Any Doris Day fans out there? I’ve always loved her movies, and one of my favorites is the 1960 family comedy Please Don’t Eat the Daisies. A big reason I enjoy it so much is the sets.
First they have a great apartment in New York City, but their family of six outgrows it and they buy an old, broken-down, haunted-looking house in the suburbs. I think it’s fun watching them fix it up. With a little Movie Magic, it only takes about 3 weeks!
Watching the kids running wild in the apartment made me think of 9 by Design, the addictive new reality show on Bravo. Have you seen it? For a few months, the family of 9 was staying in a 2-bedroom apartment in NYC and the noise was driving their neighbors nuts.
In the movie, the older boys put their baby brother Adam on the windowsill and give him bags filled with water to drop on peoples’ heads as they walk by.
Jack Weston plays Joe, a cabbie who wants to be a playwright. He comes to the door, hoping to give Larry his play to read. Kate is in the bedroom, frantically trying to get ready for the evening, but when her sons answer the door, they invite Joe in, saying, “Mom’s not busy. She’s just getting dressed.”
In this shot we can see the front door to the left and the one to the kitchen on the right:
David Niven plays Doris Day’s husband Larry, an up-and-coming drama critic whose rise to fame is going to his head. I like Niven, but there were a lot of times during this movie when I seriously wanted to smack him.
Poor Baby Adam spends most of his time in this cage. I think it was supposed to be funny, but I found it a little disturbing. No wonder the only words he could say were “Cokey-Cola.”
Kate and Larry’s Apartment Bedroom:
The Apartment Kitchen:
I like this kitchen with the hutches displaying Kate’s dishes and the cheery red and white skirt on the sink.
Deborah Vaughn’s Apartment:
Richard Haydn plays Larry’s friend Alfred. Here he’s visiting the glam apartment of the lead actress in his play, Deborah Vaughn (Janis Paige). This has to be one of the biggest, pinkest bathrooms I’ve ever seen:
Moving to the Country:
The book was based on the true adventures of the Walter and Jean Kerr family. John Kerr, one of their sons, says that his parents had actually planned to look at a house that was for sale across the street. When they couldn’t get in to see it, they bought this one instead.
Everyone thought they were crazy, he says, but they didn’t care. They bought it anyway. And they lived there for the rest of their lives.
The camera slowly pans up so we can see the house they’re looking at:
I’m guessing it was just a matte painting. If anyone knows differently, fill us in.
3/12 UPDATE: A reader just contacted me with the scoop about the exterior. John writes:
“The house stood on Lot Two of MGM Studio, and was referred to as the Vinegar Tree House. It was one of the few sets built to be photographed from both the front and the rear. The front of the house looked fully complete, roof and all. The rear of the house which played the P.D.E.T.D. house was indeed lacking a roof, thus you were half correct (about it being a matte painting)!
“The bottom portion we see in the film is real, and the roof and sky are matte paintings. The backside of the structure was called Bransom Cottage. The house was built in 1938 for the film Rich Man, Poor Girl and named as it was because of the actual vinegar tree in the front yard. Other notable films that utilized the set were National Velvet and Joy In The Morning.”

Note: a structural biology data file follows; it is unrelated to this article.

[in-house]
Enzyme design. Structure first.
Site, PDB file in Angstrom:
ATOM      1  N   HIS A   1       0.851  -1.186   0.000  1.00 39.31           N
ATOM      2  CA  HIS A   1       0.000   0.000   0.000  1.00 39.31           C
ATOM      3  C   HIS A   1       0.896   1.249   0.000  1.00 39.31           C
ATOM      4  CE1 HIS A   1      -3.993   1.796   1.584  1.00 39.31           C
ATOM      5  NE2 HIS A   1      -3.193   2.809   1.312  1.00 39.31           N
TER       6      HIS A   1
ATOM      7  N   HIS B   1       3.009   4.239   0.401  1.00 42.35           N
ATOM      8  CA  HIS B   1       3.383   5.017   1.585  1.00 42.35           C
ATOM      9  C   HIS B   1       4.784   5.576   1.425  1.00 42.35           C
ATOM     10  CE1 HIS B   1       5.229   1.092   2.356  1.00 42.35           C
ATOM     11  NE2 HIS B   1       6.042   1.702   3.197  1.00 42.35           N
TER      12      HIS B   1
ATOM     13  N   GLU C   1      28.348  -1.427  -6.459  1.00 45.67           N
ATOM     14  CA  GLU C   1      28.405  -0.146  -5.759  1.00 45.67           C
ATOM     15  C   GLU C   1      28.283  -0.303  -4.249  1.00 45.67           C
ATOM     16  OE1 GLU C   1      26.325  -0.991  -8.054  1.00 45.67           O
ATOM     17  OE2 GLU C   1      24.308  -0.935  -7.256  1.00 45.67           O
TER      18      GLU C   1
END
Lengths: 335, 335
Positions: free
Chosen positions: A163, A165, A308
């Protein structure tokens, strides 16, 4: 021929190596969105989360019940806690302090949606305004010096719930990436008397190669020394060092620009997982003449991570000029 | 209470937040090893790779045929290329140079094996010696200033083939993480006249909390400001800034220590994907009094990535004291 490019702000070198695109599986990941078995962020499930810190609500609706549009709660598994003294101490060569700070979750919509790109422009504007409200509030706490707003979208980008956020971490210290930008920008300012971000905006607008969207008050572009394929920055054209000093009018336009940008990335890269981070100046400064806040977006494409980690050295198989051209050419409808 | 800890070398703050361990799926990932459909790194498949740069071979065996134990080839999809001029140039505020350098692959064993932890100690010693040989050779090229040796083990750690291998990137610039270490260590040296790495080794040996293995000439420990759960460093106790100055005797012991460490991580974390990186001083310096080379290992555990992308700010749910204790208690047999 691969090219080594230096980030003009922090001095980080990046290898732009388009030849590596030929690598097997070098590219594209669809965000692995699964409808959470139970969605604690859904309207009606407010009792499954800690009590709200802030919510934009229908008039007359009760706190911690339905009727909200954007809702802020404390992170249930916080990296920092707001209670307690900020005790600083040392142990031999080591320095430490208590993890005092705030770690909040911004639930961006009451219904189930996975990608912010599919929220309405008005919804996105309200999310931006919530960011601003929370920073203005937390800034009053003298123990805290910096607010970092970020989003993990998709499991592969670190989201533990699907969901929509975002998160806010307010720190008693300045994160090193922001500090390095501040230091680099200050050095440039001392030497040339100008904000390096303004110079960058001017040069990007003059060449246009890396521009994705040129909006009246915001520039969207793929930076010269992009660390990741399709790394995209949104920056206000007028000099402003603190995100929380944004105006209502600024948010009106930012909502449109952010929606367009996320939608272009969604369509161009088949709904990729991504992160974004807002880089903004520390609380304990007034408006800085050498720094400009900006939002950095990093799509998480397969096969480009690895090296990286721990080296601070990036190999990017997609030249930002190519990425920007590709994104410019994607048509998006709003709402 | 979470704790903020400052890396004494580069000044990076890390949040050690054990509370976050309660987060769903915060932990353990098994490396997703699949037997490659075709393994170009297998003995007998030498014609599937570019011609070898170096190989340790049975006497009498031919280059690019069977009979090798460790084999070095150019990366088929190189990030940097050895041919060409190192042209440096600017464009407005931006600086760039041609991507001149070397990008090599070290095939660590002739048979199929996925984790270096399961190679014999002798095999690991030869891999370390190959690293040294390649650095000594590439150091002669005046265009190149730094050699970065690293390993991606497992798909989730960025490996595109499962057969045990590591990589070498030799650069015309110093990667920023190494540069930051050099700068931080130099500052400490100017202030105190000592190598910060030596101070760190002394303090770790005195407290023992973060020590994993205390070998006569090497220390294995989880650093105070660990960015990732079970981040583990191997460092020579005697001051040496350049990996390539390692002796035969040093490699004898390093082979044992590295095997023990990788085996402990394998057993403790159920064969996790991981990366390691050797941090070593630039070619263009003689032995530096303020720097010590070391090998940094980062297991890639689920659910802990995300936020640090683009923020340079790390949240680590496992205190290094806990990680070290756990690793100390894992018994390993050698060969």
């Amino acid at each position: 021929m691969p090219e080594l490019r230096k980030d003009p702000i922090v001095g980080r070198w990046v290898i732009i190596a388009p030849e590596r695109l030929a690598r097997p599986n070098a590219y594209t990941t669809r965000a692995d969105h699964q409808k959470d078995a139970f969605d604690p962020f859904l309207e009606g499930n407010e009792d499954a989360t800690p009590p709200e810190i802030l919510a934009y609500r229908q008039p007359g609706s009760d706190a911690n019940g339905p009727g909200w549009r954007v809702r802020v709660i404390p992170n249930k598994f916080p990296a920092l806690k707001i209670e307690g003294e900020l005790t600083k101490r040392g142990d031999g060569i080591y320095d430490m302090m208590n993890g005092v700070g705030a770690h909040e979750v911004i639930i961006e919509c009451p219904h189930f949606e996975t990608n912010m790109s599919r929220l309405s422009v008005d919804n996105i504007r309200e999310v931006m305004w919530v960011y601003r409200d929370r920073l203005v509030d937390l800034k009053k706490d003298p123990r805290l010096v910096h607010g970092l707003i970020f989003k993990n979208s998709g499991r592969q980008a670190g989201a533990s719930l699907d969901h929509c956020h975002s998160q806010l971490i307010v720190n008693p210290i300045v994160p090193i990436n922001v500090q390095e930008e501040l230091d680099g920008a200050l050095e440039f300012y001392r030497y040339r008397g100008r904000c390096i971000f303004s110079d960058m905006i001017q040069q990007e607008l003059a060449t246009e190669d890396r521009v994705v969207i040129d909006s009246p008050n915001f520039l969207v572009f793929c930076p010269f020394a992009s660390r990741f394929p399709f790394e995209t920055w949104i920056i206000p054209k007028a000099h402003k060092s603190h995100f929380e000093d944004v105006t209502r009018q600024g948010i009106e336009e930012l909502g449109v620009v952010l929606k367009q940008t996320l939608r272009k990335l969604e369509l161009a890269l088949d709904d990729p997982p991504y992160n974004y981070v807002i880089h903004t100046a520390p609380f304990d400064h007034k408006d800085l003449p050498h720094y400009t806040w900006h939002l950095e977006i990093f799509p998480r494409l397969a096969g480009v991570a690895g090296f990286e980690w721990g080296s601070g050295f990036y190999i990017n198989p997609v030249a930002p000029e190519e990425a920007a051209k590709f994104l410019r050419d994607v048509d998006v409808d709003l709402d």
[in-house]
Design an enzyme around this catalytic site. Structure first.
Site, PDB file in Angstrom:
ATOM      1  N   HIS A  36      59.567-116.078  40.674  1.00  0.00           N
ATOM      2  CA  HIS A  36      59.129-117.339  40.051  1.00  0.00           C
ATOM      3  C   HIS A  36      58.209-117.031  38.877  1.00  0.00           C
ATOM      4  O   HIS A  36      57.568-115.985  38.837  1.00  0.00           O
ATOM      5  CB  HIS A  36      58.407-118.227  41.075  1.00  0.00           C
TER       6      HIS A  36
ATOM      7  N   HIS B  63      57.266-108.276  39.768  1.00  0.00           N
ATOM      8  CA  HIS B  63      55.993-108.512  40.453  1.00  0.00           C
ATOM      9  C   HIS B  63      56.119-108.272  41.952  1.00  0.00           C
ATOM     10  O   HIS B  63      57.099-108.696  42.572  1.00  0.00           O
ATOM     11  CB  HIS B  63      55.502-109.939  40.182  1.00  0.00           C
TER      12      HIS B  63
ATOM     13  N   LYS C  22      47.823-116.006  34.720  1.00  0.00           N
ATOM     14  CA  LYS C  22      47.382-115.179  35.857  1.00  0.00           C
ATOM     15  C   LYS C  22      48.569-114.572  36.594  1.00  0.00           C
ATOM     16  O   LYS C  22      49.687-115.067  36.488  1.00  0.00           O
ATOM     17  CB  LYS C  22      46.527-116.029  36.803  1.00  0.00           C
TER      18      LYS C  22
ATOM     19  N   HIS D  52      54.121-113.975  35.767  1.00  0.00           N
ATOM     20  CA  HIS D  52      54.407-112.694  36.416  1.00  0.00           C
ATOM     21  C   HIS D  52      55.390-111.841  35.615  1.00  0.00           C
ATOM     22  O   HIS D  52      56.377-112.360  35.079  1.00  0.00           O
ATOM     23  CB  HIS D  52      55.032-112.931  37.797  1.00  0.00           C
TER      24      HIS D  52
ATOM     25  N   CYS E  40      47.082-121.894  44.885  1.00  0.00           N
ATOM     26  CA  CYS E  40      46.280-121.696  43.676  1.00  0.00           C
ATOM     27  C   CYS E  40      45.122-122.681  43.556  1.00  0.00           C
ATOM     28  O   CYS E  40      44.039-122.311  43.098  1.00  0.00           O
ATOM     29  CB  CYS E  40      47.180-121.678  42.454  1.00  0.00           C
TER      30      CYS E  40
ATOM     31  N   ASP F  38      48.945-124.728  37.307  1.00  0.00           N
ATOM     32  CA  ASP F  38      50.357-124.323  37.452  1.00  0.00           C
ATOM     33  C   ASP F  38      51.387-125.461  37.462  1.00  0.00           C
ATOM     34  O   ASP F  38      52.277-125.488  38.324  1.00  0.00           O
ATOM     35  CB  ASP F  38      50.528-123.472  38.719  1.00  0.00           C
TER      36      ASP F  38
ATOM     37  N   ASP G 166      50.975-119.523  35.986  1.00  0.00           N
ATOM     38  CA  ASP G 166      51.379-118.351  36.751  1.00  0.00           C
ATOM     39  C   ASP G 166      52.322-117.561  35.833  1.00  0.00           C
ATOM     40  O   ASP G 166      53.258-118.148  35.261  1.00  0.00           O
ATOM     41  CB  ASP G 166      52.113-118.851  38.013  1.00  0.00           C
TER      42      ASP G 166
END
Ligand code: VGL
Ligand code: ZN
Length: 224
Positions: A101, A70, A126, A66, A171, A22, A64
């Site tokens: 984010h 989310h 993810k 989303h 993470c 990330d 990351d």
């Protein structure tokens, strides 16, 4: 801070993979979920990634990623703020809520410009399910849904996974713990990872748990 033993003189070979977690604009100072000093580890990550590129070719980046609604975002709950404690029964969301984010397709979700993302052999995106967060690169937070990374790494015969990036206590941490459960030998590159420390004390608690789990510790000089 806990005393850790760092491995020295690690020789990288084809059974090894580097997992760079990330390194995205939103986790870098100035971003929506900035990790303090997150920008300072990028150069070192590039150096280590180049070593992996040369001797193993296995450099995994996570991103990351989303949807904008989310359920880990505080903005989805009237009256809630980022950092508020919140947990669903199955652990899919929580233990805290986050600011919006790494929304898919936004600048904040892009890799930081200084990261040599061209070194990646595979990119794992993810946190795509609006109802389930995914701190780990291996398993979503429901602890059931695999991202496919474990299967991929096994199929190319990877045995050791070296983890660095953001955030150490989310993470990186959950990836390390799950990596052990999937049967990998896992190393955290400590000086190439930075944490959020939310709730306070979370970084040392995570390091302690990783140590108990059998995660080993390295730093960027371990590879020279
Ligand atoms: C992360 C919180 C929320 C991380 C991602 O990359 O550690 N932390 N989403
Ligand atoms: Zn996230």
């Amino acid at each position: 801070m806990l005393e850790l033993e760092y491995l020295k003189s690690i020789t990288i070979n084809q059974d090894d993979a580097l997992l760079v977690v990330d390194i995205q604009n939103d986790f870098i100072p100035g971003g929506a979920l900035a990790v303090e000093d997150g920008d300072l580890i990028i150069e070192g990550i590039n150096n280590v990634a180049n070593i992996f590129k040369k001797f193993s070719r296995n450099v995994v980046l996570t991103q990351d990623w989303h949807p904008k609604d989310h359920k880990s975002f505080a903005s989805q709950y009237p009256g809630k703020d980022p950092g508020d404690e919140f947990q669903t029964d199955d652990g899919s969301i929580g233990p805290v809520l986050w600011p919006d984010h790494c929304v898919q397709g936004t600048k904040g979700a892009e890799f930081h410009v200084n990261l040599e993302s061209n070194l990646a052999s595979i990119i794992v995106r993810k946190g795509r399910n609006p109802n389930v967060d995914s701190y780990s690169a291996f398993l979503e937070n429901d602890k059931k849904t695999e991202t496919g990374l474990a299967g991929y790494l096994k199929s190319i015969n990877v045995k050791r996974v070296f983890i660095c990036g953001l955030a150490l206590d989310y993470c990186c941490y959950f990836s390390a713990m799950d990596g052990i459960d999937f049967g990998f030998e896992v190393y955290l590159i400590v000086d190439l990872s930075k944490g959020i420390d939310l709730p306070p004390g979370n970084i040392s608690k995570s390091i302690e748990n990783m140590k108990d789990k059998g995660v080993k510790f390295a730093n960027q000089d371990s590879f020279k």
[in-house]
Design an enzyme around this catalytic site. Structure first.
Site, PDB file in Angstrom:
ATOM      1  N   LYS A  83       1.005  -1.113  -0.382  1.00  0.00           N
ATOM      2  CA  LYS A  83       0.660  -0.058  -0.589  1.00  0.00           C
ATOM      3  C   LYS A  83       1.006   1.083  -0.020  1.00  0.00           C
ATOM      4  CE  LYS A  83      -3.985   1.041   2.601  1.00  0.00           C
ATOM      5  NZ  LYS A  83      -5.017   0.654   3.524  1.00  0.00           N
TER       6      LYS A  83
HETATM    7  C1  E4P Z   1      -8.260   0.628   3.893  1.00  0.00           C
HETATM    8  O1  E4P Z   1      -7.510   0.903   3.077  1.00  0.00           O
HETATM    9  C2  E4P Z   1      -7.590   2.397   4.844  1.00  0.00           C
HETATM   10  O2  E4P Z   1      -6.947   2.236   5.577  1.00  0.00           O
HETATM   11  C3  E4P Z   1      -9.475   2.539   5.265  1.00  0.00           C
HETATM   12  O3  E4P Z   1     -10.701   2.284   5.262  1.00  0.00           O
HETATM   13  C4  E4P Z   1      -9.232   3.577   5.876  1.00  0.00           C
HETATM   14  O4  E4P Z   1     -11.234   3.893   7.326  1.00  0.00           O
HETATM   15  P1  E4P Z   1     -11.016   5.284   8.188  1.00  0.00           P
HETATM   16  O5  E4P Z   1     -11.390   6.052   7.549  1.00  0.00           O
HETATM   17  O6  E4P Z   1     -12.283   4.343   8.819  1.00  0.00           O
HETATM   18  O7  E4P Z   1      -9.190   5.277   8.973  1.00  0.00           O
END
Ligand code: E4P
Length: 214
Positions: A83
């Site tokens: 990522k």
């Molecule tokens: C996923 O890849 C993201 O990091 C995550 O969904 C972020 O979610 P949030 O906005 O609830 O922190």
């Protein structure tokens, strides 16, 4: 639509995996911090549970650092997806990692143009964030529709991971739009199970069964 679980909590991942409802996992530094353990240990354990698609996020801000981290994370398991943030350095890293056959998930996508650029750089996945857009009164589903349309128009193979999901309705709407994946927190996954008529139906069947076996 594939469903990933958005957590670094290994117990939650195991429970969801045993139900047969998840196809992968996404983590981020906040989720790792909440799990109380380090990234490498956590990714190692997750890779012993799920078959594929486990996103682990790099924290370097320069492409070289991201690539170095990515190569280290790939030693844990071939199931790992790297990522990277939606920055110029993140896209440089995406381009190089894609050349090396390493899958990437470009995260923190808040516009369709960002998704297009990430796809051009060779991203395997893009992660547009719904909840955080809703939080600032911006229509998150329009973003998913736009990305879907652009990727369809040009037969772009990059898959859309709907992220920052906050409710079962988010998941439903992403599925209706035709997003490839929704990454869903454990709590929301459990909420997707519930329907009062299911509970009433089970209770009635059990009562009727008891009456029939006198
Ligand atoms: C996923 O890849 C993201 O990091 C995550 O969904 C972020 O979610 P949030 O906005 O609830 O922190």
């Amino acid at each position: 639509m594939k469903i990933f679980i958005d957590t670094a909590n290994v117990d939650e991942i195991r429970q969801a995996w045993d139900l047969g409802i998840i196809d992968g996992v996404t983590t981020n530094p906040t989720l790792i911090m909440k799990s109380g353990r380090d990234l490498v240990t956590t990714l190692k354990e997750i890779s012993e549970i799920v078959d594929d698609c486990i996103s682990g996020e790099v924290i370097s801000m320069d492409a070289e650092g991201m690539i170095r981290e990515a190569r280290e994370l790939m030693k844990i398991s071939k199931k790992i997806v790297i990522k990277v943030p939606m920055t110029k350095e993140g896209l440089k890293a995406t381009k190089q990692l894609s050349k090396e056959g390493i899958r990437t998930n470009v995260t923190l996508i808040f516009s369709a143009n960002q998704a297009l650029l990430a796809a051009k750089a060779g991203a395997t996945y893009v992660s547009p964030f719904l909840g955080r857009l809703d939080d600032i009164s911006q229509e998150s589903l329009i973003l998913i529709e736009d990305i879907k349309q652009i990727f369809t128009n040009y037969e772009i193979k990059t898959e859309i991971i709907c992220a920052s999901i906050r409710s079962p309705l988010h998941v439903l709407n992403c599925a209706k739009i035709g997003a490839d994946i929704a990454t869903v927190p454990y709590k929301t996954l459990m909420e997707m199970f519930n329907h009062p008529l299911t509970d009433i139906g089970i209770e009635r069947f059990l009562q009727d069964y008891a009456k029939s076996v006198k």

So interesting! Thanks, John.
The Entry Hall:
Walking through the house on moving day and surveying the amount of work that has to be done:
The Living Room as they find it on moving day, complete with suits of armor and spare tires:
During the renovation, you can see they’re halfway through painting the woodwork:
Larry’s Study–Complete With Clown Painting:
In this shot of his study you can see the fireplace:
The Living Room After:
All the woodwork has been painted white, the furniture recovered, red drapes hung on the windows, and a big TV unit added to the corner:
A little trivia about the music:
The musical number Kate rehearses for the amateur show (“Any Way The Wind Blows”) had been written for the previous year’s Doris Day movie, Pillow Talk (1959). The song title was, for a while, even the working title of that film. (IMDb)
The Movie Was Based on a Bestselling Book by Jean Kerr
Her story about city-dwellers with a big family moving to the suburbs and fixing up an old house was not only adapted for the big screen with Doris Day in 1960, but became a TV show in 1965.
I’m reading the book now and it’s hilarious. It’s out of print, but you can find old copies for sale in places like Amazon.com.
Jean Kerr’s Fixer-Upper in Larchmont, New York:
In 2003, Jean Kerr’s house was on the market and the Larchmont Gazette ran a story about the real house that the story was based on, announcing, “House For Sale: Seven bedroom Spanish-Tudor, six stone angels, three gargoyles, four copper wolf heads, five portholes, three lions, and 27 carillon bells.”
The asking price was $4.9 million.
The house was originally a carriage house for the mansion next door. In this photo of the living room, you can see that the style was similar to the sets in the movie. Not all of the woodwork was painted white in real life, however:
According to the article, “When the Kerrs moved in, they toned down some of the more flamboyant interior features and added spaces to accommodate a family of six active children.”